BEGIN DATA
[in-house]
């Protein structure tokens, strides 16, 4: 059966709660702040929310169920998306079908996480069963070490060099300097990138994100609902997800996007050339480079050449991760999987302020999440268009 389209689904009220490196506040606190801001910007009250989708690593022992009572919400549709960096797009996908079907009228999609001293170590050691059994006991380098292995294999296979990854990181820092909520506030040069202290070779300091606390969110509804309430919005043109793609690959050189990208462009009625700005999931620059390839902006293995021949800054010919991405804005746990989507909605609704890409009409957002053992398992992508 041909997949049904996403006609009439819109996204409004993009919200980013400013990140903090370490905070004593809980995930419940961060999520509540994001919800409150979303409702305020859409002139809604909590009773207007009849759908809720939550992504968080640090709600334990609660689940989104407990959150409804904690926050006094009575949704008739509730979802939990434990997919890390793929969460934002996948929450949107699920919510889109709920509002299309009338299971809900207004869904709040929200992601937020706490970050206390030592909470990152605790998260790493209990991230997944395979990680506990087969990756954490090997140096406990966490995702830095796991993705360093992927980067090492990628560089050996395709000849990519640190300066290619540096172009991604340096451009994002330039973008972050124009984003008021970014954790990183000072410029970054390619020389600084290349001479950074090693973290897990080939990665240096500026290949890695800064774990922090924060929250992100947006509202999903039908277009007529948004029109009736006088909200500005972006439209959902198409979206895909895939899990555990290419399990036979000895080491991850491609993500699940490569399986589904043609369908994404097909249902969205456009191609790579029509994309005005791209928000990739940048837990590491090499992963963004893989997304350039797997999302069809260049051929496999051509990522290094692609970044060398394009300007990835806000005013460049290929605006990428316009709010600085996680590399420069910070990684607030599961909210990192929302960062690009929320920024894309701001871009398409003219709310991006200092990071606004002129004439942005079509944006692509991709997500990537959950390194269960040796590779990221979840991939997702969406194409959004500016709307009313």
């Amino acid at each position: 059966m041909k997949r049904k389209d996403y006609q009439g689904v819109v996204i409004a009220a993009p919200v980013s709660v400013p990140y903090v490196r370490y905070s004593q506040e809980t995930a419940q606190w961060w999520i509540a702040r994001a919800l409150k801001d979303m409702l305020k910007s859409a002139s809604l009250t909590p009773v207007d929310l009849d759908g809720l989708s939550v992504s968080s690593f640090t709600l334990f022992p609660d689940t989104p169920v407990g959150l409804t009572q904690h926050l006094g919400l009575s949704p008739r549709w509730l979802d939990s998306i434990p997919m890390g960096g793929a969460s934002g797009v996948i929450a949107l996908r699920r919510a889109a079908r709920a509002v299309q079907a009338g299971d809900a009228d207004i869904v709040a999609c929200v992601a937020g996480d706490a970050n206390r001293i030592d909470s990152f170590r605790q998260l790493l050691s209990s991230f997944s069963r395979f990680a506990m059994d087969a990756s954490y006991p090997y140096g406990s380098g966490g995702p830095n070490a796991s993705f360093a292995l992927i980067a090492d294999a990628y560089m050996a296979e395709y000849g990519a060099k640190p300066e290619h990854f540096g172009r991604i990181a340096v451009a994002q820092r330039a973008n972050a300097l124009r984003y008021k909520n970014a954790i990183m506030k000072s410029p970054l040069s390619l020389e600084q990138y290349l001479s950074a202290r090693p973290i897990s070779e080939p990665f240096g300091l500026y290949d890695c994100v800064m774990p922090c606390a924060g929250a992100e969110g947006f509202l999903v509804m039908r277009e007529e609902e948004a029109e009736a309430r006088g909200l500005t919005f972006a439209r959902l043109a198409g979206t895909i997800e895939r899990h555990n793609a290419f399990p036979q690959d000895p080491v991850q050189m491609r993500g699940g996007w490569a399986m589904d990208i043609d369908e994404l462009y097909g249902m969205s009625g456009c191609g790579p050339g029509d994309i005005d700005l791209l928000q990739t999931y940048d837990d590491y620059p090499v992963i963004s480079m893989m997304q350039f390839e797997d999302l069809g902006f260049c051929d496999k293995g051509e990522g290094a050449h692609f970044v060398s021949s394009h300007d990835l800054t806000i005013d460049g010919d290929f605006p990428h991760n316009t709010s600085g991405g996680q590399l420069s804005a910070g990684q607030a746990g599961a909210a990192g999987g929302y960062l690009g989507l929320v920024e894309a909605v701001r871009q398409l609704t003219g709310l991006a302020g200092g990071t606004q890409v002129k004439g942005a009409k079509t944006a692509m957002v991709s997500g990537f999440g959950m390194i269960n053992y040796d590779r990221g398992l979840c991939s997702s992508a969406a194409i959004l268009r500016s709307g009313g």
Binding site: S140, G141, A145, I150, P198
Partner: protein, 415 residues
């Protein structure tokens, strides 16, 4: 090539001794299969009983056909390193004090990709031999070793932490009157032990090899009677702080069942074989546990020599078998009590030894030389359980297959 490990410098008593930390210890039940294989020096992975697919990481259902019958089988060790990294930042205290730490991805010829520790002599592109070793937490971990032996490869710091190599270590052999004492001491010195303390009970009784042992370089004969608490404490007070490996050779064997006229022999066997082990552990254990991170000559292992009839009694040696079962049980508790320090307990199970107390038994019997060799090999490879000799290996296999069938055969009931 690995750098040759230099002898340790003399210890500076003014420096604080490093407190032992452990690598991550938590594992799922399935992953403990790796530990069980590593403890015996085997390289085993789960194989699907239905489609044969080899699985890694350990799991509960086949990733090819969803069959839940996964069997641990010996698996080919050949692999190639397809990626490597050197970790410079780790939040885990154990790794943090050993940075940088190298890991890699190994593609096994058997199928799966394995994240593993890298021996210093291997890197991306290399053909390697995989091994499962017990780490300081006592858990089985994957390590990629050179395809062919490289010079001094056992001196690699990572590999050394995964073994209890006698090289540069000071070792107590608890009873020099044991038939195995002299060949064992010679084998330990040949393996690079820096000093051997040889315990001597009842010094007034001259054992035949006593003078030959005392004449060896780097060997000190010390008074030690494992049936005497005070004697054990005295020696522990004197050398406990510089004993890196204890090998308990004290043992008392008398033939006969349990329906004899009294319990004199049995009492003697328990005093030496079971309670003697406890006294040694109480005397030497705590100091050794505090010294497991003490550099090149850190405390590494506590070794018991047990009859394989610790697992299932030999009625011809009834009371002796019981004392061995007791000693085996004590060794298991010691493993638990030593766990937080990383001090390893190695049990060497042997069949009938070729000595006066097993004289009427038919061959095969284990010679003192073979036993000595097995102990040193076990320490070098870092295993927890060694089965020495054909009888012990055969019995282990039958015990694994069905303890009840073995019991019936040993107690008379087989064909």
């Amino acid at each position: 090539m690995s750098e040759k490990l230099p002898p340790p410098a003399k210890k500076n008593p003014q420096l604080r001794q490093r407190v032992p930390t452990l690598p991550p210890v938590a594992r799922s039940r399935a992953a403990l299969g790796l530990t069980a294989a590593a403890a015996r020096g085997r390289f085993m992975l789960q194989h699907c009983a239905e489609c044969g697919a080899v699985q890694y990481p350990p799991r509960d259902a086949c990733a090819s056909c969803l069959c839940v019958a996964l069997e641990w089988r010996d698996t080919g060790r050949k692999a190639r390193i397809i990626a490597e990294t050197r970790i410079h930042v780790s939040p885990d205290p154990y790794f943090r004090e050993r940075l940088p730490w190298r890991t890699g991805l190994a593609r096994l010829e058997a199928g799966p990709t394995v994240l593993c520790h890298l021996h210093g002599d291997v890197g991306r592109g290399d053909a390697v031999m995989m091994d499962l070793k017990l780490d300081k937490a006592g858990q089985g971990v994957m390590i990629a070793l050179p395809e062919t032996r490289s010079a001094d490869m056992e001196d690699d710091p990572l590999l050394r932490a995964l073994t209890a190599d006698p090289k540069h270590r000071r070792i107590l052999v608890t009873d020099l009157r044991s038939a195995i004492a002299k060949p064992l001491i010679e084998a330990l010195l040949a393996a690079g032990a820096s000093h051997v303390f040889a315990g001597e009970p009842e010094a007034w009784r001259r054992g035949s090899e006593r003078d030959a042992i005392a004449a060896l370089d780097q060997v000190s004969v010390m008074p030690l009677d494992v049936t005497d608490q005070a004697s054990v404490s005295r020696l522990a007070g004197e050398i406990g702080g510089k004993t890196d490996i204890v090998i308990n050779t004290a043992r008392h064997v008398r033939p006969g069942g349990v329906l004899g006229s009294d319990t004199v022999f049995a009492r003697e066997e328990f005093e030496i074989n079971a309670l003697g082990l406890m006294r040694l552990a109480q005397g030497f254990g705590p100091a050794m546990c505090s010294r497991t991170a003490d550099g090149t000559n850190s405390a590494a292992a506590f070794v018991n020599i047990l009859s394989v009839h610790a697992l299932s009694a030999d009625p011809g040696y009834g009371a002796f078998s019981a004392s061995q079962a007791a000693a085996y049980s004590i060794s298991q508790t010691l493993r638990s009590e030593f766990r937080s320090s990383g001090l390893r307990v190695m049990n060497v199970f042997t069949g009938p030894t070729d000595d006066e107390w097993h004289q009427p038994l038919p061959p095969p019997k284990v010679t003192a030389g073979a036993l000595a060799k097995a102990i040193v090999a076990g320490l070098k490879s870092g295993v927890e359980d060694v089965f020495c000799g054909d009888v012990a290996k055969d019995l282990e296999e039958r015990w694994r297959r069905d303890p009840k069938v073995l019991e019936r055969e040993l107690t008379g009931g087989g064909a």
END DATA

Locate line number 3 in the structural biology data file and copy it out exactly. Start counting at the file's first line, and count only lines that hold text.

């Amino acid at each position: 059966m041909k997949r049904k389209d996403y006609q009439g689904v819109v996204i409004a009220a993009p919200v980013s709660v400013p990140y903090v490196r370490y905070s004593q506040e809980t995930a419940q606190w961060w999520i509540a702040r994001a919800l409150k801001d979303m409702l305020k910007s859409a002139s809604l009250t909590p009773v207007d929310l009849d759908g809720l989708s939550v992504s968080s690593f640090t709600l334990f022992p609660d689940t989104p169920v407990g959150l409804t009572q904690h926050l006094g919400l009575s949704p008739r549709w509730l979802d939990s998306i434990p997919m890390g960096g793929a969460s934002g797009v996948i929450a949107l996908r699920r919510a889109a079908r709920a509002v299309q079907a009338g299971d809900a009228d207004i869904v709040a999609c929200v992601a937020g996480d706490a970050n206390r001293i030592d909470s990152f170590r605790q998260l790493l050691s209990s991230f997944s069963r395979f990680a506990m059994d087969a990756s954490y006991p090997y140096g406990s380098g966490g995702p830095n070490a796991s993705f360093a292995l992927i980067a090492d294999a990628y560089m050996a296979e395709y000849g990519a060099k640190p300066e290619h990854f540096g172009r991604i990181a340096v451009a994002q820092r330039a973008n972050a300097l124009r984003y008021k909520n970014a954790i990183m506030k000072s410029p970054l040069s390619l020389e600084q990138y290349l001479s950074a202290r090693p973290i897990s070779e080939p990665f240096g300091l500026y290949d890695c994100v800064m774990p922090c606390a924060g929250a992100e969110g947006f509202l999903v509804m039908r277009e007529e609902e948004a029109e009736a309430r006088g909200l500005t919005f972006a439209r959902l043109a198409g979206t895909i997800e895939r899990h555990n793609a290419f399990p036979q690959d000895p080491v991850q050189m491609r993500g699940g996007w490569a399986m589904d990208i043609d369908e994404l462009y097909g249902m969205s009625g456009c191609g790579p050339g029509d994309i005005d700005l791209l928000q990739t999931y940048d837990d590491y620059p090499v992963i963004s480079m893989m997304q350039f390839e797997d999302l069809g902006f260049c051929d496999k293995g051509e990522g290094a050449h692609f970044v060398s021949s394009h300007d990835l800054t806000i005013d460049g010919d290929f605006p990428h991760n316009t709010s600085g991405g996680q590399l420069s804005a910070g990684q607030a746990g599961a909210a990192g999987g929302y960062l690009g989507l929320v920024e894309a909605v701001r871009q398409l609704t003219g709310l991006a302020g200092g990071t606004q890409v002129k004439g942005a009409k079509t944006a692509m957002v991709s997500g990537f999440g959950m390194i269960n053992y040796d590779r990221g398992l979840c991939s997702s992508a969406a194409i959004l268009r500016s709307g009313g």